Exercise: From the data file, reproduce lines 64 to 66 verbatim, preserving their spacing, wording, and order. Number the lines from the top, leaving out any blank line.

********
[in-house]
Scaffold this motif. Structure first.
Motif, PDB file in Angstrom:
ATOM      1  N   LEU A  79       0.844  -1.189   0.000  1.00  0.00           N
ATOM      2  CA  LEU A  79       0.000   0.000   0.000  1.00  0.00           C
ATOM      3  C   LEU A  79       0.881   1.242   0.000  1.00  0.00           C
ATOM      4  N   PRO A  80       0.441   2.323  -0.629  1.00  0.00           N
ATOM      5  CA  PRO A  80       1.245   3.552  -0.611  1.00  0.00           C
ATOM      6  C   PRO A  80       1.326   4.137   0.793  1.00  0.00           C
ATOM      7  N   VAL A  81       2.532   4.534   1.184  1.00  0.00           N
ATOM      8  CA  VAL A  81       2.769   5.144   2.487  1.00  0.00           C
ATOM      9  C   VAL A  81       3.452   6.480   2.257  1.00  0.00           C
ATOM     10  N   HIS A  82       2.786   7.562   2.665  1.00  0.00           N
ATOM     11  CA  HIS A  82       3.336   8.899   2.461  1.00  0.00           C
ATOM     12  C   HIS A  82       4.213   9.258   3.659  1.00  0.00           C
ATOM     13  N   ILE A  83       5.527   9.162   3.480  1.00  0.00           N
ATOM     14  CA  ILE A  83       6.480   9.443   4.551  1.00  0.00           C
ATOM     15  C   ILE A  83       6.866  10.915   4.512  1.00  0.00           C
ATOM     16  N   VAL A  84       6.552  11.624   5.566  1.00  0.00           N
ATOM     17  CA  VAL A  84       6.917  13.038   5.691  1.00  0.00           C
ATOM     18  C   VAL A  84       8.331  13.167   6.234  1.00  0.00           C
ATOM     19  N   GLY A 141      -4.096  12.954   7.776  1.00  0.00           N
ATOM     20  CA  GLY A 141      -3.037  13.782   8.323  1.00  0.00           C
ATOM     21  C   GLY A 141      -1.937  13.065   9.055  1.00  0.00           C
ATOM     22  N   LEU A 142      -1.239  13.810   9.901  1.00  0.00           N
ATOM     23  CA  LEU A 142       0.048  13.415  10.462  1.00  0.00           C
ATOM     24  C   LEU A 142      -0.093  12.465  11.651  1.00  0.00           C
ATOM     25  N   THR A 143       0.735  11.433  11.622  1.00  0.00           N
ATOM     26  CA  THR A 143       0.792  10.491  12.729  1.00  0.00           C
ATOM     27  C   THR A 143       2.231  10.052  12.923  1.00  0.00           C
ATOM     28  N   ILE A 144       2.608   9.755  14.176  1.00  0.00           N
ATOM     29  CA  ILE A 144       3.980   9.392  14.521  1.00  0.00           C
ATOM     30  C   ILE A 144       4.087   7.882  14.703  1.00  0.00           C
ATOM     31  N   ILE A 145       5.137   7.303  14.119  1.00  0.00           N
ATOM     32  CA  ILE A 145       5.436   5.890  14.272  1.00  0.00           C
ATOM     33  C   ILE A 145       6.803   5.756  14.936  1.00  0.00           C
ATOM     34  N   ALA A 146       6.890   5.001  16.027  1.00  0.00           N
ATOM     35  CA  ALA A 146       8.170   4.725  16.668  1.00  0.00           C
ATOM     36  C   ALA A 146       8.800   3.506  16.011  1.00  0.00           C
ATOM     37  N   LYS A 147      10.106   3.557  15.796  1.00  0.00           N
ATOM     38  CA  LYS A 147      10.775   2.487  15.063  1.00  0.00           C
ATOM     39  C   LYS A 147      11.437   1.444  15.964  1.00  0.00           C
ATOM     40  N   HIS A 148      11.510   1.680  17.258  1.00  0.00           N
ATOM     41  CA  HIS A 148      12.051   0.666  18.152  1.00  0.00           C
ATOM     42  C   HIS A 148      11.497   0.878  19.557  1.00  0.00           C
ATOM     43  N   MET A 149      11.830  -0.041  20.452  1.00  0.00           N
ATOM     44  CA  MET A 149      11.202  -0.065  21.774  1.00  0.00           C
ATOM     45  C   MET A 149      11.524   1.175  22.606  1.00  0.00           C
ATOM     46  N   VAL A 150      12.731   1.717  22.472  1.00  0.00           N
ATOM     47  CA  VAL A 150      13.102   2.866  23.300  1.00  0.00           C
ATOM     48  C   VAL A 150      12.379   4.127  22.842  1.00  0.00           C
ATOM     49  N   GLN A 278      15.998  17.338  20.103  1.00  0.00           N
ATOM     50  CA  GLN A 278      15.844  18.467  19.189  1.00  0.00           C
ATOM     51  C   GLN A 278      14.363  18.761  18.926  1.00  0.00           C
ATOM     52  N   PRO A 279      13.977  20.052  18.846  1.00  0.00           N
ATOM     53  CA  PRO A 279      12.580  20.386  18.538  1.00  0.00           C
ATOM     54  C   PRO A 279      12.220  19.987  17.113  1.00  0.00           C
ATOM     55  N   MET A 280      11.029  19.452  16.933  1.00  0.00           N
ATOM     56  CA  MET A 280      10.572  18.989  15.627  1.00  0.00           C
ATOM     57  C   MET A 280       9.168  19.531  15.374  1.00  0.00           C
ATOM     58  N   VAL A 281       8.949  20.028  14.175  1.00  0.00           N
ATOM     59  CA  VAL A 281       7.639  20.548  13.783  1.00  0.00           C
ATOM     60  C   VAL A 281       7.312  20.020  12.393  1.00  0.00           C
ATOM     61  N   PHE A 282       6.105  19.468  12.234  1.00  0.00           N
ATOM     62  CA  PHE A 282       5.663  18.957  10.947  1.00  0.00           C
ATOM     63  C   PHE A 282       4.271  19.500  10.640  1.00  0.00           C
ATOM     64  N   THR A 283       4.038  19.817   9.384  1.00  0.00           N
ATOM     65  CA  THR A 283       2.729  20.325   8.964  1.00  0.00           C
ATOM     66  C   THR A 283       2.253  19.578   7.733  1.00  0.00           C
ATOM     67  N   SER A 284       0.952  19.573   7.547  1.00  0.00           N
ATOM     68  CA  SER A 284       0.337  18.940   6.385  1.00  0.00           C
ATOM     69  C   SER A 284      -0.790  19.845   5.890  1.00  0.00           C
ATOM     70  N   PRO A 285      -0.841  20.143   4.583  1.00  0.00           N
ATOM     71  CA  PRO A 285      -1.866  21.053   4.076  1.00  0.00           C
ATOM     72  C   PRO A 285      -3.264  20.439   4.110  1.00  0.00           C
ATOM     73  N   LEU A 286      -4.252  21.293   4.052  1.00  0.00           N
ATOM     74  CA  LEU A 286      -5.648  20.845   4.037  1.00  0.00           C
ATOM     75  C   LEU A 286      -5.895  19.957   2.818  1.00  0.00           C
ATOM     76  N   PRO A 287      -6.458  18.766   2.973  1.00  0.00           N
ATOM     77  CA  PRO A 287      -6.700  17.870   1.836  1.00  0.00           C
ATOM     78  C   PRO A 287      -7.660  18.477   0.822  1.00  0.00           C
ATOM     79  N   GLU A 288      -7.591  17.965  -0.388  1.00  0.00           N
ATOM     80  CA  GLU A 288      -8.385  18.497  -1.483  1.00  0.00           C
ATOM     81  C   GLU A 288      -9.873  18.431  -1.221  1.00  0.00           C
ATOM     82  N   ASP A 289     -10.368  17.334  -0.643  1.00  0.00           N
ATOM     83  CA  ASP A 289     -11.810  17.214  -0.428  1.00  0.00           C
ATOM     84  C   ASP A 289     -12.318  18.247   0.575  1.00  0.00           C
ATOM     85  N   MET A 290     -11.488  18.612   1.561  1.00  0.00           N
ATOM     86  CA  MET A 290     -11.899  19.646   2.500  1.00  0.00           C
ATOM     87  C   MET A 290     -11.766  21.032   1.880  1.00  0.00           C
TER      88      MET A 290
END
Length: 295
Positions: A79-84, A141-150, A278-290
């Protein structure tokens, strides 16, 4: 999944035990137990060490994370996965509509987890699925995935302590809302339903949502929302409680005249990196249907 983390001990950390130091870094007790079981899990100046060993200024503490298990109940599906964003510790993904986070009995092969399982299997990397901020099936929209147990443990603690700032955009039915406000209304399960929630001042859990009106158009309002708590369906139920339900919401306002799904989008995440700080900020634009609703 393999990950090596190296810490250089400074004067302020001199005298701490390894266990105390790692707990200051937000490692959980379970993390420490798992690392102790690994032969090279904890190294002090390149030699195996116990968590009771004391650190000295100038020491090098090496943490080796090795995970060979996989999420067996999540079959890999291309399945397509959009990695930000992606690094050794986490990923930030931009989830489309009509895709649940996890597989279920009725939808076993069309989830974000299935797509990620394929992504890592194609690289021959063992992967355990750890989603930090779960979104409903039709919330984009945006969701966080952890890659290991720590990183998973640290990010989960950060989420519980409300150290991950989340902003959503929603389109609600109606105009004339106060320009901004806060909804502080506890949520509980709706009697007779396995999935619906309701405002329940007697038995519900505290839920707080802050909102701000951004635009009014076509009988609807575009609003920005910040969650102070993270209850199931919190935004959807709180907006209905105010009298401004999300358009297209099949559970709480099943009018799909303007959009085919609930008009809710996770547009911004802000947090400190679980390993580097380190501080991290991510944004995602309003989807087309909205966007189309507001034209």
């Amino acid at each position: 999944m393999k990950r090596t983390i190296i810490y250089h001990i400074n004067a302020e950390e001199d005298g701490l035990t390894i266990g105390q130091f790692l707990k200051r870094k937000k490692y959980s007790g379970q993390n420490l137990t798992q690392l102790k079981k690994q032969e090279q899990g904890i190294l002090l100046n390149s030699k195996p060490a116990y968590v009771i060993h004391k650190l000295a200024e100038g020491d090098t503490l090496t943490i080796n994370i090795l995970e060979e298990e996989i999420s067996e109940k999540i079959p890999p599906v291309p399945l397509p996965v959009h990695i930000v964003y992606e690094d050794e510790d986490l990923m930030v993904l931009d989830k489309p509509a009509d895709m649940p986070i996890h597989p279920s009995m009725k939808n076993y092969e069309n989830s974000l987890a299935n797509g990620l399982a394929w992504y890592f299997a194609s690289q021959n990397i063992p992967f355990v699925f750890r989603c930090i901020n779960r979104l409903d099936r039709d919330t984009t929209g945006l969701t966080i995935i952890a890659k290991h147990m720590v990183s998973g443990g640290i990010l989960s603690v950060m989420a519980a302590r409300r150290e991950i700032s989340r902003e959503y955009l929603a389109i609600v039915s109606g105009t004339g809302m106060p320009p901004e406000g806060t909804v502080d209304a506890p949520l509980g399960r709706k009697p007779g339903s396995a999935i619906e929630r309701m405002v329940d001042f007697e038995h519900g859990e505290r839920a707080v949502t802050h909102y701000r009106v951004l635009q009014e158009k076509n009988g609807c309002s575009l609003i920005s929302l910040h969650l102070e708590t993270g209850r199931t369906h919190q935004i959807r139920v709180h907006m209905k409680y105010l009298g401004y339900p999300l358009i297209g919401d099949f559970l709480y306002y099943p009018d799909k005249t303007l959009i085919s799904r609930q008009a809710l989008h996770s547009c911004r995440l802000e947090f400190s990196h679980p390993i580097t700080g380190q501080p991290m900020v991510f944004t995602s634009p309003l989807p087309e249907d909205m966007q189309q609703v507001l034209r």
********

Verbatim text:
ATOM     61  N   PHE A 282       6.105  19.468  12.234  1.00  0.00           N
ATOM     62  CA  PHE A 282       5.663  18.957  10.947  1.00  0.00           C
ATOM     63  C   PHE A 282       4.271  19.500  10.640  1.00  0.00           C